Sunday, January 6, 2008

Up On The Roof

Heeding the storm warnings JAB secured everything in our yard pretty well. When the wind tore the tarp awning (whatever) over our bicycles, they got another tarp and covered them directly. Things look pretty good, if a bit windblown. Some mistletoe was torn out of a tree. Many oranges fell. The hummingbird feeder fell and broke. (I put a hole in the cap of a plastic water bottle and hung it up. We saw a hummingbird trying it today.)

Unfortunately, when the storm abated, we noticed a few shingles on the ground. During a break between storms Saturday, the guys went up on the roof to assess the damage. Not so good. One section (south side over the family room) lost about 20 or so shingles. I went to Home Depot and got shingles and roofing nails, but by the time I got them home, the rain had begun again. Unable to find another tarp, and unwilling to risk my sons, we left the roof and hoped for the best.

I learned that I am afraid to go up on the roof. I climbed up the ladder, surprised at how uneasy I was, but just did NOT want to get on the roof. I am too old, heavy and not so spry. I clearly remember years ago I had to go on the roof for something. I was ok until it was time to get down. I COULD NOT get from the roof to the ladder. I just froze with fear. David had to come help me. So, I was quite relieved when the boys said there was no need for me to get on the roof, they would handle it.

It is frightening to wonder how the house has faired in the rains since the shingles went. No signs of leakage inside at least. I am hoping we don't have an attic full of saturated insulation and wet wood.

Naturally, this morning, Sunday, was lovely and sunny. Not only is it the Sabbath, but we meet in the morning now. We wondered and worried whether - if the weather held - to work on the roof today or brave the night coming rains and work the next time the weather cleared. Our home teacher said that it is the tar paper under the shingles that really protect the house. The guys decided to go up after eating and check out the tar paper. No tar paper. Under our shingles, we have wood. From the rooftop, the guys called our home teacher and then Tom. After various consulting, they decided they need to patch what they can. They are racing the rain and the dark. It is nearly 4 now. The forecast said it would be raining by now.

I am so lucky to have these boys! They are good naturedly working away up there. What would I do without them?


Our new home teacher (also YM Pres and good friend's father-in-law) kept trying to make a first appointment last month(?), but life was just too full and in too much disarray. Frustrated, he said to me at church, "You WOULD let me know if you need anything, wouldn't you?!"

"What do you know about plumbing?" I asked. Our kitchen faucet was not dripping, it was running as if it had not been turned off. (Cold, fortunately!) Joseph and I looked at our fix-it books and were feeling pretty nervous about attempting the repair. (One home fix-it book cautioned us not to try it on the weekend when plumbers are even more expensive.)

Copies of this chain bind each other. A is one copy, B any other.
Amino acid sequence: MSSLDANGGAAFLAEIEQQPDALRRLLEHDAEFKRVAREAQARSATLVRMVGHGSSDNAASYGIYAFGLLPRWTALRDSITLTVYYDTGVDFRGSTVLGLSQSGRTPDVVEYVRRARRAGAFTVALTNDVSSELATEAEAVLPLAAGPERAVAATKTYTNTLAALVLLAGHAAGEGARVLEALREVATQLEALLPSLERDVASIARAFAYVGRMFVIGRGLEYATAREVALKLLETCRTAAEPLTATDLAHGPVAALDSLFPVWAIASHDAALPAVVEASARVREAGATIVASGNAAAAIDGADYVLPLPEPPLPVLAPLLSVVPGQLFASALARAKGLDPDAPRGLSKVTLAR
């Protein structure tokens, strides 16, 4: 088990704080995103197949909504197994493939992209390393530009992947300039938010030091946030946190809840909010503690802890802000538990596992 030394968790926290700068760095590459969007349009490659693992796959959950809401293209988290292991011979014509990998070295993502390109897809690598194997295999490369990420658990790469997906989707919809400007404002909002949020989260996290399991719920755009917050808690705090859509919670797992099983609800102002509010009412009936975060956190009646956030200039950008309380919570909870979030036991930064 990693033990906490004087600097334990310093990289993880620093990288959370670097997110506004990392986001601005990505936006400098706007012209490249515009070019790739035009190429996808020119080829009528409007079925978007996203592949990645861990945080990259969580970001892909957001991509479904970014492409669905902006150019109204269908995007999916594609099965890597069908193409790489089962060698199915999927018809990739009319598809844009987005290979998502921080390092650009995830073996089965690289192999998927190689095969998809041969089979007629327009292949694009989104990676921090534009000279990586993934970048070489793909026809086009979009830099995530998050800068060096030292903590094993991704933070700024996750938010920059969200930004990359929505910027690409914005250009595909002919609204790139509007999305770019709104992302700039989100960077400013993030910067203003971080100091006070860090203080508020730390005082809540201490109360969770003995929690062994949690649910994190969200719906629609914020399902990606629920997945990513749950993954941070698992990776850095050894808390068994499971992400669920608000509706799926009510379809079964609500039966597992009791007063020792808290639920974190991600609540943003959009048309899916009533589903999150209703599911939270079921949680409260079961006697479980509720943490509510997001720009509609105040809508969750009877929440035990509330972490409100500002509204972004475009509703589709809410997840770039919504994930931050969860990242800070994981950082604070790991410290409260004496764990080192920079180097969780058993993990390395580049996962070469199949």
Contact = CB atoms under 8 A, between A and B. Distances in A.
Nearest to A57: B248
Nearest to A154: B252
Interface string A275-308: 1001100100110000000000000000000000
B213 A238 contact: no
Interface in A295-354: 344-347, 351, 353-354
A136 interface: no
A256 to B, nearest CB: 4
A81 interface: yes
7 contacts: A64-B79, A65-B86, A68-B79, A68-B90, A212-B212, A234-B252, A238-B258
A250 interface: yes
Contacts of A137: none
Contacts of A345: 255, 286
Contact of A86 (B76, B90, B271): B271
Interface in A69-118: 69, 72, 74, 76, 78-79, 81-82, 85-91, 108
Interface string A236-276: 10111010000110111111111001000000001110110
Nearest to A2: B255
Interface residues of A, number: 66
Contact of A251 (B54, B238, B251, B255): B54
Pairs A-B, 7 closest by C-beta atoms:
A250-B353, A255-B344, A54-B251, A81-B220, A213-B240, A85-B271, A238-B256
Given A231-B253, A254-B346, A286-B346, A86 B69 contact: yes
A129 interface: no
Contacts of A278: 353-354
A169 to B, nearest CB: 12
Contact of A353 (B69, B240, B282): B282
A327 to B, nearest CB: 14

Within a day or so, I got a late evening phone call. "I just got home from work and had a bite to eat. Can I come look at your faucet now?" He came over with his magic toolbox, took apart the faucet, produced a part that actually fit! and was done in minutes. Then he sat down to visit with us for a minute. Somewhere along the line he revealed that he gets up - I forgot how early, but earlier than me and my alarm is set for 5:15 . It was around 9:30 then and I was seriously fading. He must have been exhausted. "What are you doing here? Go home!" He was so nice about coming over and acted like it really was a pleasure and not a sacrifice to help us.

He is a terrific guy.


Which leads me to YM and Scouting. In Perkins Ward, Scouting is for Deacons. The older boys do many good things, including many things Scouts, especially older Scouts, might do. However, here again we encounter the fear that the older boys might not think Scouting is cool. Our loyal Scouts will stay active no matter what the program, so it doesn't matter that they enjoy Scouting and are willing to put up with the pesky younger boys so they can teach, lead and help the younger boys become better. Trouble is, I am not convinced that NOT doing Scouting brings in or retains the other guys. But that is the theory. The YM (and YW! but I am talking about my Scouts here) do many good things and fun things. They are very service oriented. They actually enjoy their frequent service projects. It is the spirit that counts. Still, I wish they could have the Scouting program as part of that spirit as I know it can be. This also makes it a little more of a challenge for Ben to work on his Eagle. I am going to check with the YM leaders about my fledglings and also about older boys and Scout camp.

4:20pm The boys asked me to go climb the ladder and observer their labors. It is not much to ask. bye

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